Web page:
No to "quotas" linked to skin colour. A new law aimed at increasing black employment in South Africa is angering entrepreneurs who fear job losses for skilled workers.
The government ensures for its part that it is only a question of promoting diversity and equality. "This does not mean that white people are going to be eliminated to make way for disadvantaged groups," Labor Minister Thulas Nxesi recently pleaded.
The main opposition party, the Democratic Alliance (DA), plans to demonstrate on Wednesday in Cape Town to denounce the text, signed but not yet in force, which it describes as a law on "racial quotas".
"Some 600,000 people will lose their jobs because they don't have the right skin colour or because they live and work in the wrong regions," said its leader John Steenhuisen.
Thirty years after the end of apartheid, South Africa remains the most unequal country in the world. Almost one in two black South Africans was unemployed at the start of 2023, while unemployment was just 9.5% among whites, according to official figures.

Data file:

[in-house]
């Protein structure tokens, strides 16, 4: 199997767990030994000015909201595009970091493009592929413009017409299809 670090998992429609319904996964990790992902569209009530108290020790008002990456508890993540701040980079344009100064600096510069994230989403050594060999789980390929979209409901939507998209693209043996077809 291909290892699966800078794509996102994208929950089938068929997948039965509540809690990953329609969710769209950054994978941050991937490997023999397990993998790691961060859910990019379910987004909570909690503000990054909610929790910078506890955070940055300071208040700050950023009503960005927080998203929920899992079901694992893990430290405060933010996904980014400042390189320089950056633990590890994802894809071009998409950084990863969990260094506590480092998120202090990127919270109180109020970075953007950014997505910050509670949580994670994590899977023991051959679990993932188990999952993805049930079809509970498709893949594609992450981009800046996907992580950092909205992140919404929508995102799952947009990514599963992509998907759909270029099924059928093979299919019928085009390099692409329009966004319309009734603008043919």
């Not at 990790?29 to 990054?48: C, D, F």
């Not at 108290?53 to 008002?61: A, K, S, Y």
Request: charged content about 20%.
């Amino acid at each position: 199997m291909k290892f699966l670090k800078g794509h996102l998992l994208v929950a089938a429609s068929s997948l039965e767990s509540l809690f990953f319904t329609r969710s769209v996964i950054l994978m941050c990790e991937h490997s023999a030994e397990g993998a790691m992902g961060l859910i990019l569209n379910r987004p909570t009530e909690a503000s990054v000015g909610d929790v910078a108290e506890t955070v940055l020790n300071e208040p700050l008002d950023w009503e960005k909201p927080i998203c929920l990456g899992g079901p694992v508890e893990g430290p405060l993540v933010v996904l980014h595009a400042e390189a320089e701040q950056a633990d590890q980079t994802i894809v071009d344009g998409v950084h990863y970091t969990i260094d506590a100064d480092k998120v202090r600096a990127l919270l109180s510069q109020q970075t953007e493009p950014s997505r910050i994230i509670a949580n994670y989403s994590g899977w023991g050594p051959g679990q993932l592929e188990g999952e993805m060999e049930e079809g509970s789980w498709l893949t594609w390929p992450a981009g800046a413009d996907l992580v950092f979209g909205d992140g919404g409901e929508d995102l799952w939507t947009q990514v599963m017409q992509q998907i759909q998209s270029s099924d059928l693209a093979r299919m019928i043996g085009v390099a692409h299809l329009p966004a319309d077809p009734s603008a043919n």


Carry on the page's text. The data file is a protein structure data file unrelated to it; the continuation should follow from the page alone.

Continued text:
The new law will require companies with more than 50 employees to reflect the demographics of the region in which they operate and explain how they intend to achieve this. It also allows the government to set quantified targets for specific sectors.
Gareth Ackerman, chairman of supermarket chain Pick n Pay, accuses the law of undermining employers whose workforce does not reflect racial demographics: "It would put a lot of qualified people out of work and replace them with unqualified people," he said recently.
The most powerful union considers the controversy exaggerated. "It's a rational law, not the big monster the DA presents," said COSATU spokesman Matthew Parks.
According to a recent study, whites make up less than 10% of the 60 million South Africans but hold more than 60% of leadership positions.